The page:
My father started at 15 without any education and created an American dream. No, wait. BS. He busted his ass so his family could have the American dream. Growing up, there wasn't any time for sports or anything besides hard work to get me where I am now. I think -- I like to think I'm pretty successful, which means little to me now watching this bureaucratic system unfold. This will be the fourth time coming to Austin to this Commission to fight for my livelihood. First time in 2016 fighting for my leases to be renewed. Just imagine something my family and I have been building for 30 plus years taken away overnight. Then fighting for HB 51, which is way too harsh on oyster fishermen and created unhealthy sanctuary bays, leading us to March and fast-forward to now.

Texas Parks and Wildlife, since Hurricane Ike, brags about restoring 1,700 acres out of 8,000. Only 1,700? By the way, that number is way overestimated. But still, how many tens of millions of dollars wasted and how many lives are being ruined?

I want to keep it short, but quickly I wanted to point out Christmas Bay. Christmas Bay is a bay I love and understand better than anyone else here. First of all, that picture of the ATVs on land owned by Texas Parks and Wildlife, the Agency knew about that. They knew it was going on from day one, but allowed it to continue for months. I knew the game warden in charge for patrolling the area and told -- he told me he was instructed to stand down. Why is that? Also that bay wasn't dredged, but it was hand picked because the water is too shallow for any dredge operation. So it really doesn't apply here if a reef should or shouldn't be cultivated.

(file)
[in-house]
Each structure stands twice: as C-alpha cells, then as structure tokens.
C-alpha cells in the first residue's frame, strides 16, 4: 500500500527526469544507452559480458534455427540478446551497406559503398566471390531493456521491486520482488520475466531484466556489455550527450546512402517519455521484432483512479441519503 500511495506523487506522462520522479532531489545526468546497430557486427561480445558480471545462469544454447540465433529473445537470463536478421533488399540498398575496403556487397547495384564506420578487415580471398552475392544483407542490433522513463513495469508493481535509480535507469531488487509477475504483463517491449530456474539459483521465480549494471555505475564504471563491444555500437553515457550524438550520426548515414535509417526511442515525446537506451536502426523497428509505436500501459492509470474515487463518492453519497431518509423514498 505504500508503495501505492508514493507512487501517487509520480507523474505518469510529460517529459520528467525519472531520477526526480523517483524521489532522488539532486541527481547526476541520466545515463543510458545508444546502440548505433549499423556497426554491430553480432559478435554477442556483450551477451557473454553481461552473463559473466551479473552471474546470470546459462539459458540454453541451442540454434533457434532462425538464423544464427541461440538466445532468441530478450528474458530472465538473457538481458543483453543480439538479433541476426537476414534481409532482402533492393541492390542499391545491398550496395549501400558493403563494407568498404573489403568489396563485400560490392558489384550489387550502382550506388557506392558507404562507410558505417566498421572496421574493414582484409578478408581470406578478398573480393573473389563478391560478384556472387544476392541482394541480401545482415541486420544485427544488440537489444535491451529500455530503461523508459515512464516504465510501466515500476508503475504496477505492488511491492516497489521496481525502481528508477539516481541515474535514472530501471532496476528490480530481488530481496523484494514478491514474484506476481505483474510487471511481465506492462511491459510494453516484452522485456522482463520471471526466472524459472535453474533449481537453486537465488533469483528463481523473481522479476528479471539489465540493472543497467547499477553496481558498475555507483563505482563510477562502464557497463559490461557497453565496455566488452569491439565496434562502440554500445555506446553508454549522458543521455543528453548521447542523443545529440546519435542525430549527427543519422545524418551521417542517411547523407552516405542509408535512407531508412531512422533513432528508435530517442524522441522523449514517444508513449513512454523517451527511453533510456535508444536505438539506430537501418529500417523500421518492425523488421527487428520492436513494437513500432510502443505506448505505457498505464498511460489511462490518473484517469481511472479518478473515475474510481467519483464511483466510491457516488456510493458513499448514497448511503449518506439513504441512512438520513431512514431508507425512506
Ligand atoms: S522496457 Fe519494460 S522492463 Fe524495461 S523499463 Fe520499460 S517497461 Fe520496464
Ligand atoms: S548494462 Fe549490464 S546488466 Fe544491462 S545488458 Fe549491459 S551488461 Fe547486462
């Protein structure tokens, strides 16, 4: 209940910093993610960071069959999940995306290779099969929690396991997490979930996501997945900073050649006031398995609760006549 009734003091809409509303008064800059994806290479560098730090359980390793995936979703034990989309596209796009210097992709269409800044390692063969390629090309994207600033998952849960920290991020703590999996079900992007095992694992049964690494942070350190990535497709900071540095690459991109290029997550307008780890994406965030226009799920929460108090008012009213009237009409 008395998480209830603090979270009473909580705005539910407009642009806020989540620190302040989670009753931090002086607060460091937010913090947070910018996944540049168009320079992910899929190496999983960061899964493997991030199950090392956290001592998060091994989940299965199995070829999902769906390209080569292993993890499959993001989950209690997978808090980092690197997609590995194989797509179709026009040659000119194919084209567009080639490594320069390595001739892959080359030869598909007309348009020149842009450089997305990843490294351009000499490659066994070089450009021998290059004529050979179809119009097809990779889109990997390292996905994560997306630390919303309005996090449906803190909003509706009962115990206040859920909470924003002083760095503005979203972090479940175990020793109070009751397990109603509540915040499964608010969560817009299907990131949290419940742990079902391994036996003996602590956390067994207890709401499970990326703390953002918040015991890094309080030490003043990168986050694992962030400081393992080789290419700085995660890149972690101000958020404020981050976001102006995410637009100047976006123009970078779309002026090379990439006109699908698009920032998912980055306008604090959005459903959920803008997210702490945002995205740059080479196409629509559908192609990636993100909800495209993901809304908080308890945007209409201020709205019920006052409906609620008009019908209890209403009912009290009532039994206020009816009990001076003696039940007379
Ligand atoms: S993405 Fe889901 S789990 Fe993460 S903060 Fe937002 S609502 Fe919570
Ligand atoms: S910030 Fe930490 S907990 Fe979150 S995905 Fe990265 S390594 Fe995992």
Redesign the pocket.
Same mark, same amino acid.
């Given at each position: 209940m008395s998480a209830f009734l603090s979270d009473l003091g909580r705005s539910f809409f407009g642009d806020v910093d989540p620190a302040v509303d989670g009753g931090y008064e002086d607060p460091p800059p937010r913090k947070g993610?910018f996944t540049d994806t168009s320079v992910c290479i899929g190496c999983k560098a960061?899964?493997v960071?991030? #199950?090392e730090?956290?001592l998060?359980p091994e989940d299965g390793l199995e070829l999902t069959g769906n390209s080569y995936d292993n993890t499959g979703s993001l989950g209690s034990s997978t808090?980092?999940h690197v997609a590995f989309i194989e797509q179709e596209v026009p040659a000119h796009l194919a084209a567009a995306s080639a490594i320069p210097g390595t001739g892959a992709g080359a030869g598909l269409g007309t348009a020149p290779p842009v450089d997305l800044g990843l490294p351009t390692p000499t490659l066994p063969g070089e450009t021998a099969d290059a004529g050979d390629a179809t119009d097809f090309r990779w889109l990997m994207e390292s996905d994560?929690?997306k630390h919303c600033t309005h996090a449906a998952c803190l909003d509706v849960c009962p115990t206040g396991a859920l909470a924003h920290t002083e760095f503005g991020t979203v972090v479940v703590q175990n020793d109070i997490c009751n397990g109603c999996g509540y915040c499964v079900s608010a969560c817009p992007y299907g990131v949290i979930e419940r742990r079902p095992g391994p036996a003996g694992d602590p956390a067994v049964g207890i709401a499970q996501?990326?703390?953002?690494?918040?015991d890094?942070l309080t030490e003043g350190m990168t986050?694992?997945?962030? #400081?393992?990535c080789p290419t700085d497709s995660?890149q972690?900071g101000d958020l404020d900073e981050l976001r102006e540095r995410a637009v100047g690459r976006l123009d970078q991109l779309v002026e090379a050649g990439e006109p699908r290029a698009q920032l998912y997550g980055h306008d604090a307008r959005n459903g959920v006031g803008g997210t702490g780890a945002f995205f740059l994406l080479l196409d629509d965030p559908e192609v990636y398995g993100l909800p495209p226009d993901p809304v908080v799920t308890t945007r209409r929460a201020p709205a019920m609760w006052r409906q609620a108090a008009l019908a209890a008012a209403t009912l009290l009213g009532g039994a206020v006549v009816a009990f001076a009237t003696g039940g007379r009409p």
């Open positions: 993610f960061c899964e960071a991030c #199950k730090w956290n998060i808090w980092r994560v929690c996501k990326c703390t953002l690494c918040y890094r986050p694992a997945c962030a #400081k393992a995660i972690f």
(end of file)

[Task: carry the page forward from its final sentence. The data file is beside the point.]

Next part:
Also how can the Department with a straight face compare the only reef alive in St. Charles five years after cultivated to a reef 4 miles away in Area 29 where the boats were herded and overworked until the very end of last season?

Everyone please, I would like -- I want us to work together and figure out how to keep this beneficial alive because if we go down this path, it will come to an end very soon. I'd like to invite all the Commissioners and the new Executive Director, along with biologists to the three bays with me on an oyster boat. I want to teach everyone how oysters are harvested, how beneficial cultivation is, and how we should be restoring the reefs. I would like to ask to table both proposals until we can come up with a better way to manage our fishery and our resource. Thank you.

CHAIRMAN APLIN: Thank you, Johnny.

Next, Juan Soto, then Keith Miears, then Cierra Borak.

MR. JUAN SOTO: (Through interpreter) Good afternoon. My name is Juan Soto, and I want to speak about the three bays that you want to close. I know CCA mentioned that it won't affect too many people. They're saying that it's around 60 people that are going to get affect -- be affected by this closure, when it's a lie. There's over 2,000 families that are depending on us, just fishermen.